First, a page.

Given that ‘OK Computer’ has already been re-released as a special edition (complete with DVD), albeit without the band’s approval, it seems a little early to be re-issuing it again. Of course, with the twentieth anniversary handy and a new record label (XL) calling the shots, no beady-eyed exec was going to pass up the opportunity to bring one of the twentieth century’s most feted albums back once more, and so here we are with ‘OKNOTOK’ and, just to part super-fans from their hard-earned cash, the damn thing has three previously unreleased tracks to tempt you in.
The main album:
The trend for remastering albums regardless continues unabated and it’s increasingly hard to decide whether there is much merit to this process or not. Put simply, ‘OK Computer’ was a beautifully recorded album at the outset, so any sonic tinkering had to be subtle because it’s hard to imagine the aggrieved reaction to a brick-walled version designed to appeal to the modern iPod listener. Happily, the album has been (to coin a phrase from Deus), gently remastered with plenty of attention to detail and not obvious attempt to rewrite the album’s all-important sonic history. As it goes, the remaster seems to have brought the bass out a touch (most notable on tracks like ‘Subterranean homesick alien’) and there’s an argument to be put forward that this is the best the album has sounded, although the original had such a powerful sound from the get go that there truly isn’t much in it. Whilst debate will undoubtedly rage amids audiophiles, there is certainly no suggestion that the album has suffered unduly as a result of the remastering process.
The bonus disc:
Irritatingly, the bonus disc to a large extent replicates the studio content of the previous special edition, but loses two remixes of ‘climbing up the walls, two live tracks and three BBC session tracks, despite there being clear space on the CD (it clocks in at a miserly 40 minutes). Although this could be down to rights issues, it is still pretty annoying to have to keep hold of the previous special edition in order to maintain access to the tracks (even more annoying for those who fork out for the inevitable super-deluxe edition) and then, of course, there’s also the fact that the previous special edition also offered up a DVD (yet another omission here) which included the stunning music videos for ‘Paranoid Android’, ‘Karma Police’ and ‘No surprises’ as well as three Jools Holland performances.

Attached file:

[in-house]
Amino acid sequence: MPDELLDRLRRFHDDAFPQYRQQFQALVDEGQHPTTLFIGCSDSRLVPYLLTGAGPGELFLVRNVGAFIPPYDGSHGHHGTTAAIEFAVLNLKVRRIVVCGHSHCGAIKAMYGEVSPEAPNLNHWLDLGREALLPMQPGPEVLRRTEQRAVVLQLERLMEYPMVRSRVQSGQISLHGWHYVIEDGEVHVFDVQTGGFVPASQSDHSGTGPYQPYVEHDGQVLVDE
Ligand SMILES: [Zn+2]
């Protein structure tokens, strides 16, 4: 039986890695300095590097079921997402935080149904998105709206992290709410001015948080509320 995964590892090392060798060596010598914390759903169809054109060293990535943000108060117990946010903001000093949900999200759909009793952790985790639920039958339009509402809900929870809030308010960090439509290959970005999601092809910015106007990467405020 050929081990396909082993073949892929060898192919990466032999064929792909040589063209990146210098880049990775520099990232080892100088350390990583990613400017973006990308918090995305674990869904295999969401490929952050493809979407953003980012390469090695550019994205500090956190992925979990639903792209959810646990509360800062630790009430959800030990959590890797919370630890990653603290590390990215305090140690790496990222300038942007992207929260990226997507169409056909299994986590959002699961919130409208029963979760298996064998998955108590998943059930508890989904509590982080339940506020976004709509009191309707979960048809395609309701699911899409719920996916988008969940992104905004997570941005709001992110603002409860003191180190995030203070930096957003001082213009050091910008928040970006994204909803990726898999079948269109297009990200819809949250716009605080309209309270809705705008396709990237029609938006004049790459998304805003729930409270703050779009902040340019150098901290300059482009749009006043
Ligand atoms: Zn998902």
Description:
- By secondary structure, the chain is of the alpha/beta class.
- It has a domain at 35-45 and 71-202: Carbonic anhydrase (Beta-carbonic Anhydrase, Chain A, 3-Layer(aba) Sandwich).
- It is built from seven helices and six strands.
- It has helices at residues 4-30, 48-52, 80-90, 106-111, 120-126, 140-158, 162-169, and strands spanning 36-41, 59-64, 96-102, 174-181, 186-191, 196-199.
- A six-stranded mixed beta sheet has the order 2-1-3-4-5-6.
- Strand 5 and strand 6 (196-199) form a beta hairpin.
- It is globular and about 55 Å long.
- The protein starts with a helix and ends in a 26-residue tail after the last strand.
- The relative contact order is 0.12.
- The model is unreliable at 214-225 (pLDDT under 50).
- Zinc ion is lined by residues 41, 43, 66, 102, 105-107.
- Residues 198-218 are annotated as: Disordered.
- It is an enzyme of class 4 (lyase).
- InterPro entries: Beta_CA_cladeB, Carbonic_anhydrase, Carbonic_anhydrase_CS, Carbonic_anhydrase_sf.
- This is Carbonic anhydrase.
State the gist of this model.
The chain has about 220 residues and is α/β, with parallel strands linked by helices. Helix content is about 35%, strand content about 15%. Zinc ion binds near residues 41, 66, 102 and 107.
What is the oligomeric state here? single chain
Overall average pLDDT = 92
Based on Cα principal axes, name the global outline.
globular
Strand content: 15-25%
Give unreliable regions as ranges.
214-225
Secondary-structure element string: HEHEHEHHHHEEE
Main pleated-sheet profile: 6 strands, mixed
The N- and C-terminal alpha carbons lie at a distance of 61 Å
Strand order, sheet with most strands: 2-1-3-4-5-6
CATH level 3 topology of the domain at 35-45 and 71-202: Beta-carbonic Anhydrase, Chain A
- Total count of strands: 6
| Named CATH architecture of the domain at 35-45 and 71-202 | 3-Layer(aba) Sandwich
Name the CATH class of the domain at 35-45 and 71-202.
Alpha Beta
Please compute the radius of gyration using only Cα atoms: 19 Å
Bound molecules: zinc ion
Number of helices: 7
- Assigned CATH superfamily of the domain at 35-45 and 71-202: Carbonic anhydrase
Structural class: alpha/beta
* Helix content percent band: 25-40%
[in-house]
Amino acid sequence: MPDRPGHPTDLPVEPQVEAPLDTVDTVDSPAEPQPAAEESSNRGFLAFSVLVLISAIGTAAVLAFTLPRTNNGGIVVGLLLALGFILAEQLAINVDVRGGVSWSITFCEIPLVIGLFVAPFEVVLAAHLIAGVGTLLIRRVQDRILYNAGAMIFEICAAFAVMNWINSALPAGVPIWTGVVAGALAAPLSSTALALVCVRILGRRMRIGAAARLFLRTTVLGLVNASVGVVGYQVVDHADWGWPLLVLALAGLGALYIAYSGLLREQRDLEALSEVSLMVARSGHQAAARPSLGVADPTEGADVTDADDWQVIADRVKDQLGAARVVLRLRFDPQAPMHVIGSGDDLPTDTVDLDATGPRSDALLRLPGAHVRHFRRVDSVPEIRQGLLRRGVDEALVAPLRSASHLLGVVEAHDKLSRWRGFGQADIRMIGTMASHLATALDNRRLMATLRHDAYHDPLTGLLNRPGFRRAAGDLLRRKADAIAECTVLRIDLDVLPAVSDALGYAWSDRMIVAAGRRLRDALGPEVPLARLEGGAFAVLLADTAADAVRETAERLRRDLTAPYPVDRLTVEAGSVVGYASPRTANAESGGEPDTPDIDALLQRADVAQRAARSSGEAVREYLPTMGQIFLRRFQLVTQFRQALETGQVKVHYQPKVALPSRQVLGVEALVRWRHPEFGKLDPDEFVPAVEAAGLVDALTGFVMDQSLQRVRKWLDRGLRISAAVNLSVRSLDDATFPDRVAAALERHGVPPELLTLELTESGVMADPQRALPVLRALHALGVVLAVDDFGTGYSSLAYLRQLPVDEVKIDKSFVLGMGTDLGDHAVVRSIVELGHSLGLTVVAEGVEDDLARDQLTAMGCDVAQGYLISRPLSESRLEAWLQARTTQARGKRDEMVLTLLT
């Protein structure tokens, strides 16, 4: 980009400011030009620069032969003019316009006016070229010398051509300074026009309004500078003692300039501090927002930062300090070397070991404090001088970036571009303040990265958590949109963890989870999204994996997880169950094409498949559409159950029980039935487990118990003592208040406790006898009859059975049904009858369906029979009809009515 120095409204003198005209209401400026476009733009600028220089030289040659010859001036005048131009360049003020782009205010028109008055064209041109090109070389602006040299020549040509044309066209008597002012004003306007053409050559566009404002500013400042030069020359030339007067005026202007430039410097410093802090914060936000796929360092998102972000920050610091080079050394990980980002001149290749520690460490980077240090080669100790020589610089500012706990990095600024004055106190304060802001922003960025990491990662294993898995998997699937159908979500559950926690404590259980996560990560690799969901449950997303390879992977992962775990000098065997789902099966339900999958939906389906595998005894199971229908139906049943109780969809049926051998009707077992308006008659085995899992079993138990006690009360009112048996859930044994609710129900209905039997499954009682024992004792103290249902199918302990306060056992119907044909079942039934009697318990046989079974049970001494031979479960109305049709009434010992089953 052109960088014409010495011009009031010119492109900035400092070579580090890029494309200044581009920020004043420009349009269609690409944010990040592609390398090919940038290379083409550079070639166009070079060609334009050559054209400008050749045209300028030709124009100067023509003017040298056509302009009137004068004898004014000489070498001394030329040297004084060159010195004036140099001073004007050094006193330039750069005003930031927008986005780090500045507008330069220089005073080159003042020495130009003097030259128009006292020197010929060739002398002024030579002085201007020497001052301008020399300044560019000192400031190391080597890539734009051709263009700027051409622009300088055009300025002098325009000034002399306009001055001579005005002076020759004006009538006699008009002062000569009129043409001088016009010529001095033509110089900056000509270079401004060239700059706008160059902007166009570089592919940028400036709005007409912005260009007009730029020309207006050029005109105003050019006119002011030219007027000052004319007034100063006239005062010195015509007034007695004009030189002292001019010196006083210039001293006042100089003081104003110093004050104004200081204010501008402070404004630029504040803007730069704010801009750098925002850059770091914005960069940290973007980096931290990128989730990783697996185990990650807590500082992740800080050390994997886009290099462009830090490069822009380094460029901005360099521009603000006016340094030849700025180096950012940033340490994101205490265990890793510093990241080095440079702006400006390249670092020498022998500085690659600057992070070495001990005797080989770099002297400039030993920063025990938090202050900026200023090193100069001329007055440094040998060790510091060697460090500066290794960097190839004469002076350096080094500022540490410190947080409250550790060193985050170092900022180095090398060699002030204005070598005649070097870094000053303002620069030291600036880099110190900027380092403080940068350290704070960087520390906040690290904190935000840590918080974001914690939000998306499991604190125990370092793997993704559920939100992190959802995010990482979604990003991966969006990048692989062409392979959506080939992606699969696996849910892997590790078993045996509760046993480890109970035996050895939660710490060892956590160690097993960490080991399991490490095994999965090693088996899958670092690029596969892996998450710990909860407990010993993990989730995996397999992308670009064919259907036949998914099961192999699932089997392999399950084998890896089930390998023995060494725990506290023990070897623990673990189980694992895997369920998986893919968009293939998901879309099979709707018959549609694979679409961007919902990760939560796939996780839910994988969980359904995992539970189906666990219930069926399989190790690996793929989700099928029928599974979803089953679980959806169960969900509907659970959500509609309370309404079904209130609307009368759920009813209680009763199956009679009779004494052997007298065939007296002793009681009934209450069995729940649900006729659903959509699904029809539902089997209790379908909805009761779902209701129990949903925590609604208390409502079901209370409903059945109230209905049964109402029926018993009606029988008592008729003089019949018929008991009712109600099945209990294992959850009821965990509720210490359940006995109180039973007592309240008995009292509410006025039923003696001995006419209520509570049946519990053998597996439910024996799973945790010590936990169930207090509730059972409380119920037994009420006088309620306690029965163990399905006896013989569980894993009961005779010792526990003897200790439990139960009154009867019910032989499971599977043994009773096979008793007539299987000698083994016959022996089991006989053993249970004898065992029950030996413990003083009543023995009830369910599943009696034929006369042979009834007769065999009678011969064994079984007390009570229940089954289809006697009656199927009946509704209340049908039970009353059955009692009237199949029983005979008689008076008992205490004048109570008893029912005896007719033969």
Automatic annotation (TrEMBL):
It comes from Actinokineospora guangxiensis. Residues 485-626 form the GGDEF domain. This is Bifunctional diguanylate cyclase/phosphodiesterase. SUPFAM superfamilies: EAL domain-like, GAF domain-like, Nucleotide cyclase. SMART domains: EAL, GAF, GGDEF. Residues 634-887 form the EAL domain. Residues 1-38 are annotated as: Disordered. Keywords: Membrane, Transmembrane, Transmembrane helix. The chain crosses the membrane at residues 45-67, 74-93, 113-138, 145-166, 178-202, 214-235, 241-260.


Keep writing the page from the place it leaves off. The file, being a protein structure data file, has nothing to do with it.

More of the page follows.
So, why should you buy ‘OKNOTOK’?
Well, of the three tracks that have been unearthed, ‘I Promise’ is a gorgeous acoustic track built around a martial beat and awash with the skewed beauty of the Mellotron. It’s easy to see why so conventional a track would have remained shelved from an album that sought to distance the band from the stadium-filling music of ‘the bends’ (despite, ironically, bringing the band to even larger audiences), but it’s certainly a track fans will want to hear. A definite loss to the album, ‘Man of war’ is a stunning track that sounds like Radiohead crossed with ‘Mezzanine’-era Massive attack. It boasts a vocal performance form Thom that it is up there with his best, not to mention some fizzing guitar work that was to disappear entirely from the band’s oeuvre for the best part of a decade following ‘OK Computer’. Again, it’s easy to see how the band, given their mindset at the time, would have steered clear of a song with such single potential, but it sure is good to hear it included here. The final unreleased track is ‘lift’, a song that was aired considerably as the band toured with Alanis Morissette (an inauspicious period in the band’s career), only for the band to shelve it for its obvious hit potential. For me, it’s the weakest of the three tracks on offer here, with a surprisingly Brit-pop melody in the chorus, but, let’s face it, Radiohead at their weakest still have more to offer than most other bands and it’s interesting to hear the track even if only to agree with the band’s decision to leave it off the final record.